The Memoirs of Armand Charest Part II

Chapter 7

Armand’s First Encounter with Sergeant Theodore Brown…

I stood at curbside absent-minded watching the drum and bugle corps swinging by on Main Street. The flags snapped in the light breeze coming off the Pacific Ocean. It was’ Memorial Day, 1994, a truly exciting occasion for the onlookers who remembered the reason for the parade. I did not quite know why I stood there. As a general rule I avoided parades since I had seen so many in the past, especially in the military. A small voice interrupted my reverie.

“Hey, gramps, ain’t you got no politeness for the flag? Ain’t you gonna salute?”

Startled, I looked down at a freckle faced redheaded boy about the age of ten. He was eyeing me in a quizzical manner, his smile removing any sting from his remark.

“Sure I replied, “I guess I just forgot.”

I pressed my hand to my heart and came to attention, alertly watching the flag. The flag, I mused. It’s been fifty years since I defended it with my life, but it seems only yesterday. Where has the time gone? Soon we will be celebrating the big invasion: D-Day, Normandy. There will be the usual ceremonies at the beaches where the politicians will be up front making speeches, pointless and self-serving for the most part; they will then lay wreaths in the military cemeteries while piously proclaiming the need for understanding among nations. I am sure that for centuries soldiers have heard the same thing.

Perhaps some returning veterans will be interviewed and will be asked inane and dumb questions such as: “How did it feel to go ashore on June, 6th? What outfit were you with?”

For the most part they will be patronized and perhaps viewed as doddering half-senile old coots. They certainly will not look like soldiers, certainly not like the trim and tough men who hit the French beaches. The stomachs will protrude a bit, the faces will be fleshier, the hair thinner, the backs a bit more stooped, the legs no longer as strong. I sighed as I thought back to that time.

I realized that it was May 29th. I let my mind drift back fifty years to May 27th, 1944, as my division approached the island of Biak, off the northeastern coast of Dutch New Guinea, which is now part of Indonesia.

We had been told by G-2 (military intelligence) that the island was essential to the leap-frogging strategy of the high command. Since it was mostly coral, the Japanese had constructed three large first class airfields on a huge plateau.

We were solemnly assured that the Air Force and the Navy needed them as they prepared for their assault on the Philippines. So the job of seizing the island was given to the 41st inf., a veteran division, comprised mostly of National Guardsmen with a leavening of draftees, many of who were untried replacements.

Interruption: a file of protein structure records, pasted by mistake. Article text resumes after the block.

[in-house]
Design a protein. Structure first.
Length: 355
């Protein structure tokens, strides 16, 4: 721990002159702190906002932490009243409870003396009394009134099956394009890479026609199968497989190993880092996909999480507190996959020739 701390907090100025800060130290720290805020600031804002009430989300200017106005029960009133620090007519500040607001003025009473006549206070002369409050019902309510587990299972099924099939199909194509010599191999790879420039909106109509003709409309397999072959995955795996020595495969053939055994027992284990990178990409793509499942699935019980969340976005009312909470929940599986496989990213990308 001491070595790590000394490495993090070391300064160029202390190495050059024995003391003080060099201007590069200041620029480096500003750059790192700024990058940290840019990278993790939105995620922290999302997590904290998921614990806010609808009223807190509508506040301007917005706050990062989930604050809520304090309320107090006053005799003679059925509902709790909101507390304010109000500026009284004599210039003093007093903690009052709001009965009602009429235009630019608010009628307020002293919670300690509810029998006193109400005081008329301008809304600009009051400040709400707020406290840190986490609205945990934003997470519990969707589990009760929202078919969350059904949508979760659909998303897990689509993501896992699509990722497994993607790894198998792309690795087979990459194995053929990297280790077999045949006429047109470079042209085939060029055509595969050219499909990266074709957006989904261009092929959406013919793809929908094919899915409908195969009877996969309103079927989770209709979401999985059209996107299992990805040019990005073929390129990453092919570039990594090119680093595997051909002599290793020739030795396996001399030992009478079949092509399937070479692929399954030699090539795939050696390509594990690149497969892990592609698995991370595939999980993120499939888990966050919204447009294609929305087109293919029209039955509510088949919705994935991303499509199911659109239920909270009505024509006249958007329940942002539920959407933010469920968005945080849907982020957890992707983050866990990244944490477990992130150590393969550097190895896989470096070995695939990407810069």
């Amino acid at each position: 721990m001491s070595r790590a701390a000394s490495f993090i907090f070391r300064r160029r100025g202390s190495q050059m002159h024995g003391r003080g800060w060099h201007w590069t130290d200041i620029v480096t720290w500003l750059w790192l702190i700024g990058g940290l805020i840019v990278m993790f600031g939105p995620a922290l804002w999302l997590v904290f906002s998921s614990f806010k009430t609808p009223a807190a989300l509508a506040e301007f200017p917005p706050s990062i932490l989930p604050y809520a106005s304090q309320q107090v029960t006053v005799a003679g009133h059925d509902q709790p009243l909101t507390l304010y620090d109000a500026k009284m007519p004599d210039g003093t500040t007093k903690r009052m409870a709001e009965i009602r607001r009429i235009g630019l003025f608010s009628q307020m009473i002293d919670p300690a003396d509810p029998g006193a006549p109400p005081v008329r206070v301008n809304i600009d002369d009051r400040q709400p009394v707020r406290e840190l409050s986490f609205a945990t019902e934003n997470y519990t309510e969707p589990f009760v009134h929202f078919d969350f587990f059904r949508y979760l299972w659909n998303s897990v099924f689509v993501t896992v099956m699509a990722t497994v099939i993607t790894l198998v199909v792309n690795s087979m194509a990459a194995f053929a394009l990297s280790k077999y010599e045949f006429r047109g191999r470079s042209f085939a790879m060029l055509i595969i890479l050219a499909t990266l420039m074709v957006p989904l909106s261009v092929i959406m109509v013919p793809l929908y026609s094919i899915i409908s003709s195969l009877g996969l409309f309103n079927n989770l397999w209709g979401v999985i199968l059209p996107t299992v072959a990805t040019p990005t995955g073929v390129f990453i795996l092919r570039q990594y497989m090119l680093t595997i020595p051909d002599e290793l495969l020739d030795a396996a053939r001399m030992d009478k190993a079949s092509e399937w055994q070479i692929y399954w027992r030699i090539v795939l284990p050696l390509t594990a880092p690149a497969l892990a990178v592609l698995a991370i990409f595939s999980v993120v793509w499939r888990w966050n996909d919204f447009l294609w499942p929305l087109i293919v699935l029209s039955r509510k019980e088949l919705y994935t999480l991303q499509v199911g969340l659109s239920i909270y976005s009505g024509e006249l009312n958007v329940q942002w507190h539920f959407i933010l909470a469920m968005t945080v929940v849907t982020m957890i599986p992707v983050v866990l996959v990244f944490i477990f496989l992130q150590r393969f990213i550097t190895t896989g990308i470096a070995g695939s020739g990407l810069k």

I had joined the outfit in Australia and I had already participated in an invasion. At the age of nineteen I considered myself a seasoned soldier. I was also a first class griper. It was during one of my tirades that I made the acquaintance of T. J. Brown, staff sergeant in the third platoon. I was in the first so we had not met frequently before. He happened to be walking by as I was sounding off:

“What are we doing here anyway in this God forsaken place? Who cares if the Japs control these empty islands? There’s nothing here but palm trees and a few savages? By the time we’ve cleared them we’ll all be dead and for no good reason”.

No one answered me. My listeners were new arrivals with no opinion. But then T.J. stepped forward. He had a kind, smooth shaven face, clear blue eyes and a mustache that he always kept trim. Sgt. Brown was, without argument, the most popular man m E Co. He was a strict but extreme1y fair leader. The men of the third platoon knew that he would always look after their interest, would always be there to talk about their problems. T.J. Brown was loved and respected by all. Due to his leadership abilities, E Co.2nd battalion, 162nd Regiment was a first class outfit. He answered me in a soft voice:

“Easy, young fellow, easy. Don’t let your anger cloud your mind. Have you forgotten Pearl Harbor? Don’t you know that the Imperial forces of Japan have been fighting in China for the past ten years? That makes the Chinese people victims of aggression, the same as Americans. They happen to be in the way of Japanese plans for control of East Asia.

God has not forsaken us. He never will. Sure, many of us will die. No one lives forever anyway. And, remember this young man, you may be taking part in the last major war in history. Men cannot keep killing each other forever. Sooner or later reason will prevail and we will find other means of resolving national differences without war. Our sacrifices here, yours as well as mine, may possibly prevent our grandchildren from having to repeat this someday”.

I fell silent, mollified, thankful for his intervention. Sergeant Theodore Jefferson Brown had just won one more admirer.

Please follow and like us:
RSS
Follow by Email
Facebook
Google+
http://charest.net/2006/09/04/the-memoirs-of-armand-charest-part-ii/
Twitter